_It’s a short book you can read at the beach. And like being on vacation at the seashore, Robert “Uncle Bob” Martin’s newest book is quite refreshing, if a bit pricey.

Bob Martin, one of the key figures behind agile software development, thinks a lot about software craftsmanship. He has spoken many times about software development as a profession. It’s not just a job, something where you put in the hours and collect money, or complete the project and send in an invoice. It’s bigger than that, with a thread of ethics and big-picture behavior such as you’d find with other professionals like doctors, lawyers and engineers.

(In my opinion, one reason why many programmers fail to get the respect they think they deserve as “software engineers” is that they don’t behave like professional engineers. But that’s a column for another day.)

“The Clean Coder: A Code of Conduct for Professional Programmers,” which arrived on my desk in May, is a distillation of Bob’s thinking on craftsmanship and professionalism. The book is idealistic, and in many ways is not realistic: Managers and executives want the programmers in the IT department to crank out code, integrate silos, deliver mobile apps, build websites, just get the job done as fast as possible and as cheaply as possible—often with no appreciation for how great software gets created.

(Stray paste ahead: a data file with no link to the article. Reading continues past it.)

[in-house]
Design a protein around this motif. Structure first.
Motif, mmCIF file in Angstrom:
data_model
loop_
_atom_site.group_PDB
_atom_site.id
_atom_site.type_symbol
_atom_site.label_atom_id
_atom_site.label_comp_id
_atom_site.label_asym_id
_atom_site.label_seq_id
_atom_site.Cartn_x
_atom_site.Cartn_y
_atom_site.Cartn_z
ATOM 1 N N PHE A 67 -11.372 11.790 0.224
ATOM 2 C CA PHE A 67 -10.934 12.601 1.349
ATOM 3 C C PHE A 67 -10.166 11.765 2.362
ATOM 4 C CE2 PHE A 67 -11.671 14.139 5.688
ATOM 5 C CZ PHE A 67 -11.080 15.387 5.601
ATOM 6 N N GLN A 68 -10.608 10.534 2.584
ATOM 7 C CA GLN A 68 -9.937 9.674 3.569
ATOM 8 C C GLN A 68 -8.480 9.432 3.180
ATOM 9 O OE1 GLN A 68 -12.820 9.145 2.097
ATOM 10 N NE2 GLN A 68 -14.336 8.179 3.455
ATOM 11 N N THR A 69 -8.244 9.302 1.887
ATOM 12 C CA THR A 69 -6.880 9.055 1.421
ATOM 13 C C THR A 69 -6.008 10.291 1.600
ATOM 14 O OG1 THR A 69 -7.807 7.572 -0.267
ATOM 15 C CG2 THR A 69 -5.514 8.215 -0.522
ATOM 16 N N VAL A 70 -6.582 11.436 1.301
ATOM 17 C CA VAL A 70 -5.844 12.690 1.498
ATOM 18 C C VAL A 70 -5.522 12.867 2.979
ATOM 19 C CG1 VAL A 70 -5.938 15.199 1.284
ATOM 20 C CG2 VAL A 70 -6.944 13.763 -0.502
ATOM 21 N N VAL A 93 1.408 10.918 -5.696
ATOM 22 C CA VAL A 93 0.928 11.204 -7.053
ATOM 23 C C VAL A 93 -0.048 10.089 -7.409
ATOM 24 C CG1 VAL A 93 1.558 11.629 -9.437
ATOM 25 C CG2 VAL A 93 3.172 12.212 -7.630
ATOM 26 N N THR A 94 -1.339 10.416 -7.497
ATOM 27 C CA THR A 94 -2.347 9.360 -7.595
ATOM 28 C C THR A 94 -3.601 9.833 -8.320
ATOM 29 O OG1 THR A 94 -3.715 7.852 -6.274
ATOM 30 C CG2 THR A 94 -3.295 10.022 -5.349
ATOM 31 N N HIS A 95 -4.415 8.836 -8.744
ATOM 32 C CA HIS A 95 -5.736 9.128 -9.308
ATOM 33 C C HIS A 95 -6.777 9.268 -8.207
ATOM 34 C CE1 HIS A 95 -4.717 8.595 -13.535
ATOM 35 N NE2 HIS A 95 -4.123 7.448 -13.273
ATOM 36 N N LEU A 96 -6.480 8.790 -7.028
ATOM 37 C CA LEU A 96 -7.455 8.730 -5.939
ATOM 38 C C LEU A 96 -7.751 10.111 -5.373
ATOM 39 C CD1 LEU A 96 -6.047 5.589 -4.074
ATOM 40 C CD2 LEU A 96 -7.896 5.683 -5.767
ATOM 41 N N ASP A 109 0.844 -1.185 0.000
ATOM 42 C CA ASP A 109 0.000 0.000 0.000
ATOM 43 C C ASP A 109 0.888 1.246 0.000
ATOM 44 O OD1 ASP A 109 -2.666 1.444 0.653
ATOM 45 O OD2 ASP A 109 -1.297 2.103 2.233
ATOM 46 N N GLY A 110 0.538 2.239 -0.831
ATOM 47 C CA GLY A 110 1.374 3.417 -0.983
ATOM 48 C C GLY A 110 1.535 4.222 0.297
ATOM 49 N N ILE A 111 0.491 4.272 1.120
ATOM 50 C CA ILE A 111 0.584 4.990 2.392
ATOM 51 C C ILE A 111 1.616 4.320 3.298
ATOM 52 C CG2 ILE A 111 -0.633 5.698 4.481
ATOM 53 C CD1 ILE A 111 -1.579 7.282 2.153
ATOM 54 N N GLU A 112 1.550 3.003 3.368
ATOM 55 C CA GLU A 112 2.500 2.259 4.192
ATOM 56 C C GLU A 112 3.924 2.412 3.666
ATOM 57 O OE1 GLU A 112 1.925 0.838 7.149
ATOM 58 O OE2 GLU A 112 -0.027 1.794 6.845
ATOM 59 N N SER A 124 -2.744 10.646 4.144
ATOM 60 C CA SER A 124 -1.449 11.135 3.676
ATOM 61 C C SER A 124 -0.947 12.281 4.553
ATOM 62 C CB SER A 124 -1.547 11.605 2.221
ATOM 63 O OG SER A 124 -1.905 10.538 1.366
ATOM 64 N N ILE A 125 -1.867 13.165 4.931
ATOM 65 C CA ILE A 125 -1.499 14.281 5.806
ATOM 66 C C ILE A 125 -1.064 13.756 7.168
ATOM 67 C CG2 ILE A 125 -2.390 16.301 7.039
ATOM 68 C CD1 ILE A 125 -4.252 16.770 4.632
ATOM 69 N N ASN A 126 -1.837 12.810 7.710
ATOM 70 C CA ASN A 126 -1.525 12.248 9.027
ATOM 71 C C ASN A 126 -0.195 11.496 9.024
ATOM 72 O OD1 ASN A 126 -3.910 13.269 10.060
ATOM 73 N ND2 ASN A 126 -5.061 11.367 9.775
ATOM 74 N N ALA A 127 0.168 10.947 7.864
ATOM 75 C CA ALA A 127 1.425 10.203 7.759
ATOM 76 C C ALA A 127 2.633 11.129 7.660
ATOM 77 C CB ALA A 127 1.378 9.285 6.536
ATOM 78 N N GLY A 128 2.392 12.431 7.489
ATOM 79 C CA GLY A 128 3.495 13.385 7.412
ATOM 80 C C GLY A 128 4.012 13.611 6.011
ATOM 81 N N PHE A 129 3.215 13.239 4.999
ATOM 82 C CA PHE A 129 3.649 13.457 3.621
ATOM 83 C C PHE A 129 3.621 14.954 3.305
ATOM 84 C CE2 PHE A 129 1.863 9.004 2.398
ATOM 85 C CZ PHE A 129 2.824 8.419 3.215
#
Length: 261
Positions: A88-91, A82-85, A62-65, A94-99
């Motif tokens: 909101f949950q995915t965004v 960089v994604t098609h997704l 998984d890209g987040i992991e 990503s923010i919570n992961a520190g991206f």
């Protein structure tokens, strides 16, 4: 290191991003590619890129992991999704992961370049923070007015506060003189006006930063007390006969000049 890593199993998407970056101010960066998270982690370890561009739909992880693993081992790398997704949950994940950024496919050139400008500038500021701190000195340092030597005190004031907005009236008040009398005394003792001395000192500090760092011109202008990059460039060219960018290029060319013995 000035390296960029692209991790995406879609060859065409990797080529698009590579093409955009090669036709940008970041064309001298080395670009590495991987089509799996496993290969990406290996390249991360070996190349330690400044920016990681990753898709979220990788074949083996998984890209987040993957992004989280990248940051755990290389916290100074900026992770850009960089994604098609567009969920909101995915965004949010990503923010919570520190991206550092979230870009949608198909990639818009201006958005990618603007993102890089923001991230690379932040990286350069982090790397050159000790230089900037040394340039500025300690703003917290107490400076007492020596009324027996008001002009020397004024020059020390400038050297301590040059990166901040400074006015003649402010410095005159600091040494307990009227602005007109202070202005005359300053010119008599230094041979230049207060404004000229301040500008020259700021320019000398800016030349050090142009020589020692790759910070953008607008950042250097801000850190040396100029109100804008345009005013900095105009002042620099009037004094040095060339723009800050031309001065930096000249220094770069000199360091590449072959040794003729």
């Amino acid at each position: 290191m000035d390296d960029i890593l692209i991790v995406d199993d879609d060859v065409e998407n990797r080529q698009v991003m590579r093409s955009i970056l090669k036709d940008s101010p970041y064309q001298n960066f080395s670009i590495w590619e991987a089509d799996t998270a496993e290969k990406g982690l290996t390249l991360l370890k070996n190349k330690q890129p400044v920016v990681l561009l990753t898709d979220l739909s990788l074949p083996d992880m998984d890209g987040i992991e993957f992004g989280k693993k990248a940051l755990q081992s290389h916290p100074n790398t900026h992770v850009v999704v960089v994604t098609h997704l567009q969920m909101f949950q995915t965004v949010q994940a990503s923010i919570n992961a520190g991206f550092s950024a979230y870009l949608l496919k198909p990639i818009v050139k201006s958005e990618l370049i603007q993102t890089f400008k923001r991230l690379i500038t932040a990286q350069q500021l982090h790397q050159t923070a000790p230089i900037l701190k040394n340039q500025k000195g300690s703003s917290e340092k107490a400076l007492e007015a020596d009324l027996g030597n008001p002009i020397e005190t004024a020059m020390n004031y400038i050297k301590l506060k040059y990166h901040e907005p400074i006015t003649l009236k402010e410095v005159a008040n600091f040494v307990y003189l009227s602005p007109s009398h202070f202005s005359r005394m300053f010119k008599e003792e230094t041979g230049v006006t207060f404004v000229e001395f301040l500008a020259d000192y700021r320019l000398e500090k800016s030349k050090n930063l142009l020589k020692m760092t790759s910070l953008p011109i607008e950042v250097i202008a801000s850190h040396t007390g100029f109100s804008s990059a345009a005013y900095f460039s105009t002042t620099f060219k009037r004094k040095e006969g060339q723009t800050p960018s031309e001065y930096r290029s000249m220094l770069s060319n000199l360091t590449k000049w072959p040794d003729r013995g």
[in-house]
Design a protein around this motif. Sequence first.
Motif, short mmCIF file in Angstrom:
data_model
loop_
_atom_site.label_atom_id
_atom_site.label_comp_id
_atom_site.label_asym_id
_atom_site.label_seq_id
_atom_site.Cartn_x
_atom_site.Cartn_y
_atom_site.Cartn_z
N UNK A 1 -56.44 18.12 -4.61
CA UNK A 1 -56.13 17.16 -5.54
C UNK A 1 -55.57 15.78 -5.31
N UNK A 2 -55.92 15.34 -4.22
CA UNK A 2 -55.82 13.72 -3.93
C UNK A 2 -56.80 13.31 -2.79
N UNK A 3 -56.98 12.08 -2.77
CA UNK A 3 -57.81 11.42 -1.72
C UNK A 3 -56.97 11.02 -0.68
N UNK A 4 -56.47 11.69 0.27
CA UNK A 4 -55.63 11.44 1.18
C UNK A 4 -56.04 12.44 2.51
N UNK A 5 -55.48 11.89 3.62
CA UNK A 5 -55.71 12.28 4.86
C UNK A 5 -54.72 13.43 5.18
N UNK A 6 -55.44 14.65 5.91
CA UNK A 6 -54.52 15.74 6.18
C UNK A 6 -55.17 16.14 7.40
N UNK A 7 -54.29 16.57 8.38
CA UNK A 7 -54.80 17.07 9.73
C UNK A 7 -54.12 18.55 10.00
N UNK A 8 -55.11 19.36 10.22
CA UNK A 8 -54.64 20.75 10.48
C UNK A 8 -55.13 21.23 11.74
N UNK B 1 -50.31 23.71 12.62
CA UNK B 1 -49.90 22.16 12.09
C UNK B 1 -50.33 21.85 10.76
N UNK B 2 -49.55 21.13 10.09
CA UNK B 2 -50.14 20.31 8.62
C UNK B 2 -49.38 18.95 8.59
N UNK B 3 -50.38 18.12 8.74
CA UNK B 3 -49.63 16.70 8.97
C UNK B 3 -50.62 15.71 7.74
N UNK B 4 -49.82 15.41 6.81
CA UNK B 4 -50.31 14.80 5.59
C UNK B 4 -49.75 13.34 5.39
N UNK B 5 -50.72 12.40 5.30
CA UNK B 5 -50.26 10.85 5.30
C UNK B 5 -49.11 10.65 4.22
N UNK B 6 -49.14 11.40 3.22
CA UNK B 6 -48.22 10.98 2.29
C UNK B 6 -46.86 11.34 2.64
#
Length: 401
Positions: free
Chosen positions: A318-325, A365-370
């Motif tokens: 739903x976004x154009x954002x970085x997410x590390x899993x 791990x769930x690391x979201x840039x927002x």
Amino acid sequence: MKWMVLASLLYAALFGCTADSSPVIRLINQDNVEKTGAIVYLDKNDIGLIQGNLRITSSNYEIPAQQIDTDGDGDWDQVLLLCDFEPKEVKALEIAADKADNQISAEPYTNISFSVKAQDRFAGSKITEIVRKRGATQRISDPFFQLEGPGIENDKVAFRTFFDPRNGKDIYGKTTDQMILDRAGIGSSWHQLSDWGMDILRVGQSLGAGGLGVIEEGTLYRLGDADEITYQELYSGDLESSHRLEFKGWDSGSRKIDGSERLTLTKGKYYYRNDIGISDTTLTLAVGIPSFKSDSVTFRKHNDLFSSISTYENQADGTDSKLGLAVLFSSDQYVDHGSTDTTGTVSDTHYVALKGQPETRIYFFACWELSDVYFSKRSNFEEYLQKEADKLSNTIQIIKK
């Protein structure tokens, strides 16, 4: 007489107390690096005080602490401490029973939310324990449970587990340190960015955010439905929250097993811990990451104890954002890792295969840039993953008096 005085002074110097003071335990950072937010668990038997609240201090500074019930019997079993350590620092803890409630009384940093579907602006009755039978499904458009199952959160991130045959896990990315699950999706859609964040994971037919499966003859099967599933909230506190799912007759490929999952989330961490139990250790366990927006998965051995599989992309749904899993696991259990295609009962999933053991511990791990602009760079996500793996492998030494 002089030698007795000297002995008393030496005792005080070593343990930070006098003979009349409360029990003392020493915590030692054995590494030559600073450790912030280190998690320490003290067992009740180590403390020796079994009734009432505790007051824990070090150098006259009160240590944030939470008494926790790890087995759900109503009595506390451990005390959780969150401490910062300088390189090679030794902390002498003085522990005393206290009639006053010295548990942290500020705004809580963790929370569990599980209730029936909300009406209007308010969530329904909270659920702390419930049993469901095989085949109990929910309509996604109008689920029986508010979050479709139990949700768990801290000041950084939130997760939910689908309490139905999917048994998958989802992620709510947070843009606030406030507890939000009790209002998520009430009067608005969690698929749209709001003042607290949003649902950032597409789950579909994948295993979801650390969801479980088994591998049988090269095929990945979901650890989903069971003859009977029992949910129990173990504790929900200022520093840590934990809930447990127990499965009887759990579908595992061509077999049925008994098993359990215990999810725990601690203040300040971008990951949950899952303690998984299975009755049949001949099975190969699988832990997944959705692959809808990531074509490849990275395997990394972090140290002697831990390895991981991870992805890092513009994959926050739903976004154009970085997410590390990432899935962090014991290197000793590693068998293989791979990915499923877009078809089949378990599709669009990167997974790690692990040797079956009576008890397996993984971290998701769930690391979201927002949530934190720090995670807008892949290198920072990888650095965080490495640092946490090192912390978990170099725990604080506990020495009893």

In Bob Martin’s ideal world, developers will have intelligent conversations with stakeholders about costs, about requirements, about testing, about tradeoffs, about healthy collaboration.

Developers will learn how to say yes, and will also learn how to say no. Presumably, the folks who write the checks (managers, customers, whatever) will listen. If they don’t listen, developers will pull up their stakes and move on.

Idealistic. But Bob Martin’s vision is beautiful.

Pick up one copy of “The Clean Coder,” read it, and then route it around your department. This is a “read once” sort of book; unlike a coding reference, it’s not a voluminous tome that everyone on your dev team should own. Also, given its US$39.99 cover price, it’s too expensive to justify purchasing multiple copies. Will all due respect to Bob, this should be a $15 book.

If more of us understand Bob Martin’s vision of what software professionalism should be… together, we can build that better world.

Alan Zeichick is editorial director of SD Times. Read his blog at ztrek.blogspot.com.